After an offseason that built a tremendous amount of hype, Week One against the Rice Owls left us a little less confident going into the trip to Tuscaloosa. The looming questions of whether the Texas Longhorns are back or ending their Big 12 tenure on the right note with a conference championship might need to be pushed off for a minute. Right now, the Horns need to focus on not having an embarrassing performance against the Alabama Crimson Tide on Saturday.
There is no lack of attention on this year’s receiving corps. Adonai Mitchell from Georgia has tremendous hands and had three receptions for 26 yards and a touchdown in the season opener. Isaiah Neyor who transferred from Wyoming last year will be an excellent addition to the proven duo of Xavier Worthy and Jordan Whittington.
Worthy’s speed allows him to beat cornerbacks off the line and could be a serious deep ball threat. However, this past Saturday it didn’t seem like Quinn Ewers had improved his accuracy at that range. There were multiple looks where Worthy had his man beat, but balls were underthrown. Even with Worthy’s athleticism, contorting his body to adjust for the ball, the shallow throws allowed Rice’s defensive backs to catch up and interfere. Worthy finished the game with seven receptions for 90 yards.
Whittington, who had four receptions for 47 yards, will continue to be one of the best run-blocking receivers and his perseverance will surely be used in the short passing game, allowing him to capitalize on yards after the catch. Ja’Tavion Sanders returns and already showed he is an elite pass catcher at any level with two receptions for 44 yards and a touchdown.
Below are the 2022 PPA metrics gathered, split into passing and rushing downs. PPA, also sometimes listed as EPA is based off the expected points produced on a given play, given the down, distance to go, and field position. The measure is how many points above average a player produces.
A metric I have grown to be a fan of is success rate. A play is successful if any of the following happens:
- The offense scores
- 50 percent of yards are gained on a first down
- 70 percent of yards are gained on a second down
- Third or fourth down is converted
Below is a plot of rushing versus passing success rate from the 2022 season for Texas and all other teams in the conference. I have also included the non-conference opponents and teams that have debatably been in the top 10 so far this year, AP, Coaches Poll, or otherwise.
While the ground game is pushing towards the likes of the top teams in the country, we are left eagerly awaiting a growth in passing. Adjustments in the red zone were a major issue last year, especially in the back half of games. Below is a chart demonstrating the lack of production and success from Ewers in this area.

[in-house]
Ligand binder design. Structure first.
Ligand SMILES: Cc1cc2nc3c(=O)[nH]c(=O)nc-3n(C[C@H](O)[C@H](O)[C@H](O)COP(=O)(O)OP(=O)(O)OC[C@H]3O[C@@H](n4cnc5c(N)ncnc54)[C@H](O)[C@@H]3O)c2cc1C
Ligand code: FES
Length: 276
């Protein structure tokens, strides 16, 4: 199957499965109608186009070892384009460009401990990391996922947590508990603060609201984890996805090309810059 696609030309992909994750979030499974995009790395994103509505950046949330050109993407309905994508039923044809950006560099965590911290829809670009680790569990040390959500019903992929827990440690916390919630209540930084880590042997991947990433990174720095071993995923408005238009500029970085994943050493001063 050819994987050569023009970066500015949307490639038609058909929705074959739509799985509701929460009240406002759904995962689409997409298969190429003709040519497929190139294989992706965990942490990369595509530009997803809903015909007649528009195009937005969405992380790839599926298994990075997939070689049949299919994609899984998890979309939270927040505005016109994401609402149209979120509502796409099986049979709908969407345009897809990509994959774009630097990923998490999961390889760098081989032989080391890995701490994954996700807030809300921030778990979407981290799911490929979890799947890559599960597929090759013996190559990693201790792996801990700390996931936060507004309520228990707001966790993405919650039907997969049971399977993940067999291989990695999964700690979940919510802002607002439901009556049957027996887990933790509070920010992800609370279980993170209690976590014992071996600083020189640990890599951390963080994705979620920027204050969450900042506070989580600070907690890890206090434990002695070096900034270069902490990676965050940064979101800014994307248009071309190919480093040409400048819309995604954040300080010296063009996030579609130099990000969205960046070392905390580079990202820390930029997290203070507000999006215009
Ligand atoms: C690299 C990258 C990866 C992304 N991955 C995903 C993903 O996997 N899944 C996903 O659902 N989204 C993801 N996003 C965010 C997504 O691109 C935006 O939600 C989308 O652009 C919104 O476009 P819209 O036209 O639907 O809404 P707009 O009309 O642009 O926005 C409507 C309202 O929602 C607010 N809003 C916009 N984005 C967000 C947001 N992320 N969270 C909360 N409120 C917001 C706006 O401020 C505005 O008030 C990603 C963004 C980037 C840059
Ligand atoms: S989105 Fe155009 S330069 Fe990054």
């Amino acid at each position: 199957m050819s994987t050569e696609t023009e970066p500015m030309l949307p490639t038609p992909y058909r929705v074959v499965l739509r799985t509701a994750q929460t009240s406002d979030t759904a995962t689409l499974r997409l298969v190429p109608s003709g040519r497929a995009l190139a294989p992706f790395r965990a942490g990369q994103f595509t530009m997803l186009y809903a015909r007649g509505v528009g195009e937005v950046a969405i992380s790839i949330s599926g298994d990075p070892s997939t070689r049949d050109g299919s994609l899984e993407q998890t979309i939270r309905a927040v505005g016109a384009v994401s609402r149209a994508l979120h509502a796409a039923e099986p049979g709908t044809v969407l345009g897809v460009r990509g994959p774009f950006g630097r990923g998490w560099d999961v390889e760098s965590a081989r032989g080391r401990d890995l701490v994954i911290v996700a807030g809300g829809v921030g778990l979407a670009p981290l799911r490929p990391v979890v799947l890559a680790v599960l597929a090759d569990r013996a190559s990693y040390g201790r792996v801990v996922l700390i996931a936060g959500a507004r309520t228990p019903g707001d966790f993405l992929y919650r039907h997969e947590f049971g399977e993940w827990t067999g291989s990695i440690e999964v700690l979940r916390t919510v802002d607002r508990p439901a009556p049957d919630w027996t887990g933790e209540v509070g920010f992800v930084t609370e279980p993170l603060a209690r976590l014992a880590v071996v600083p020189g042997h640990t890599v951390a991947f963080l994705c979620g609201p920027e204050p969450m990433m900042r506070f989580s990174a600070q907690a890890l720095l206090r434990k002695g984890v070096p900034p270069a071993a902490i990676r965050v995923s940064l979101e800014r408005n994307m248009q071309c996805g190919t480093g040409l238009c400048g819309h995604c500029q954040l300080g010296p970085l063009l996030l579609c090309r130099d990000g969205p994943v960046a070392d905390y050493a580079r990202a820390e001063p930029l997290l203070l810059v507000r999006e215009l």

A big question mark in the Longhorns offense is the run game. Roschon Johnson and Bijan Robinson were not just juggernauts on the field, but they were class-act characters that strongly influenced how the rest of the team carried themselves. Sarkisian will point towards the permanent bell cow to also embody the identity of the team as well.
Keilan Robinson is used in more passing situations or outside zone, so I am looking elsewhere for the trucking ability of a three-down back. Johnathan Brooks has the most experience and saw the most carries on Saturday with 12 and ran for 52 yards. Jaydon Blue is undersized in comparison, but does have the ability to find the gap and put his head down for the inside running game. Blue was utilized more after CJ Baxter’s early exit, and had 55 yards on 10 carries. I was excited to see the five-star recruit CJ Baxter get early snaps as well, and it seems like the decision to not play the rest of the game was just a precautionary measure.
Sarkisian’s investment in the offensive line showed last year — left tackle Kelvin Banks and right tackle Christian Jones rank highly as a tackle duo. I thought this new and improved line would give some grace for the running backs. Center Jake Majors possesses great pass blocking ability but might be the weakest link when it comes to the run game. My confidence really plummeted watching this line then give up two sacks and eight tackles for loss to a Rice defensive unit that was ranked 123rd and 111th in rushing and passing defensive respectively last season.
The chart below breaks down their contribution to the run game this past year; I included all the same teams used in the first comparison. Line yards per rush is based on yards lost or gained within five yards of the line of scrimmage. Second level yards are within the 5-to-10 yard range after the line of scrimmage, and open field yards are after 10 yards. In the Sarkisian era, the total number of yards has steadily climbed, with more significant change coming from the second level and open field yards. During the 2018 and 19 seasons under Herman, these metrics were at 3, 1, and 0.6 yards respectively. Last Saturday against Rice these numbers were 2.5, 1.3, and 1.8.